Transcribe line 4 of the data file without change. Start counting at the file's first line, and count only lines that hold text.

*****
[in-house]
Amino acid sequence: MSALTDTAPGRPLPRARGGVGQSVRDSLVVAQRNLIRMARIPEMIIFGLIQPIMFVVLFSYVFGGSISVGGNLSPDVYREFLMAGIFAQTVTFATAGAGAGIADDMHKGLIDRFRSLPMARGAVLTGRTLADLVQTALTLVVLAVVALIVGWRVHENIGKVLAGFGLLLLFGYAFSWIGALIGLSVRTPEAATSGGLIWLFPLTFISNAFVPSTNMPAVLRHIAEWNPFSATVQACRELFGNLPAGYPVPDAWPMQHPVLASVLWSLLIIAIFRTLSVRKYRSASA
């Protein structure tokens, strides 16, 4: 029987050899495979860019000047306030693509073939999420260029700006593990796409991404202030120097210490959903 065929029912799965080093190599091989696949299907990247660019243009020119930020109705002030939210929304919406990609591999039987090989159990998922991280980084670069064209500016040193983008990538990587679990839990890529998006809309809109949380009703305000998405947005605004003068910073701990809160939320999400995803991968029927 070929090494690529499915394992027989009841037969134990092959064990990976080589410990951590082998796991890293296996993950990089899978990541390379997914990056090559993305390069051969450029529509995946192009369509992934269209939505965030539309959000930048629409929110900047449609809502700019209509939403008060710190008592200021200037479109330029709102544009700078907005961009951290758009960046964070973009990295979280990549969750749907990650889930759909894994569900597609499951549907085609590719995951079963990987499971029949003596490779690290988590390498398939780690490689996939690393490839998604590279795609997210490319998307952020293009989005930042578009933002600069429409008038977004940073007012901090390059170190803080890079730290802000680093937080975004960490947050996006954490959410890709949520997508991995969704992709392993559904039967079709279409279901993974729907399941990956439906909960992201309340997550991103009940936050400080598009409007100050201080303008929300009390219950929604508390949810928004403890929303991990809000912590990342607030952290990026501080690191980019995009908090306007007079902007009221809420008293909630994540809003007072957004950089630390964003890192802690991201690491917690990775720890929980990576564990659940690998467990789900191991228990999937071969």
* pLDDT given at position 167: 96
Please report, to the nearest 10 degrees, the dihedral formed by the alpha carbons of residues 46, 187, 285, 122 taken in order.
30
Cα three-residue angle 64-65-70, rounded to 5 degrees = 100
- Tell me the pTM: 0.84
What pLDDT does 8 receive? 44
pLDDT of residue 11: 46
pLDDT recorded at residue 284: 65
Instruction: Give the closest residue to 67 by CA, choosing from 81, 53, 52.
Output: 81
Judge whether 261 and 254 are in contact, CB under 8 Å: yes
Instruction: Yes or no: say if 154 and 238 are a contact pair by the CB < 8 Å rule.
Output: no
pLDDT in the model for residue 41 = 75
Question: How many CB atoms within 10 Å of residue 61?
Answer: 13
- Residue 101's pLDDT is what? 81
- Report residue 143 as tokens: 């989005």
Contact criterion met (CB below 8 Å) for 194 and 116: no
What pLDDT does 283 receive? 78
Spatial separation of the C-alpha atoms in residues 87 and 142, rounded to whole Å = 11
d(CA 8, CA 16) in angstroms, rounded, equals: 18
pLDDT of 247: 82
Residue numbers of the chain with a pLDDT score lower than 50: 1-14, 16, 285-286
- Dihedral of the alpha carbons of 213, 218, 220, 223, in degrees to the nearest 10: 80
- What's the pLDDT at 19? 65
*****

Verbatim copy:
* pLDDT given at position 167: 96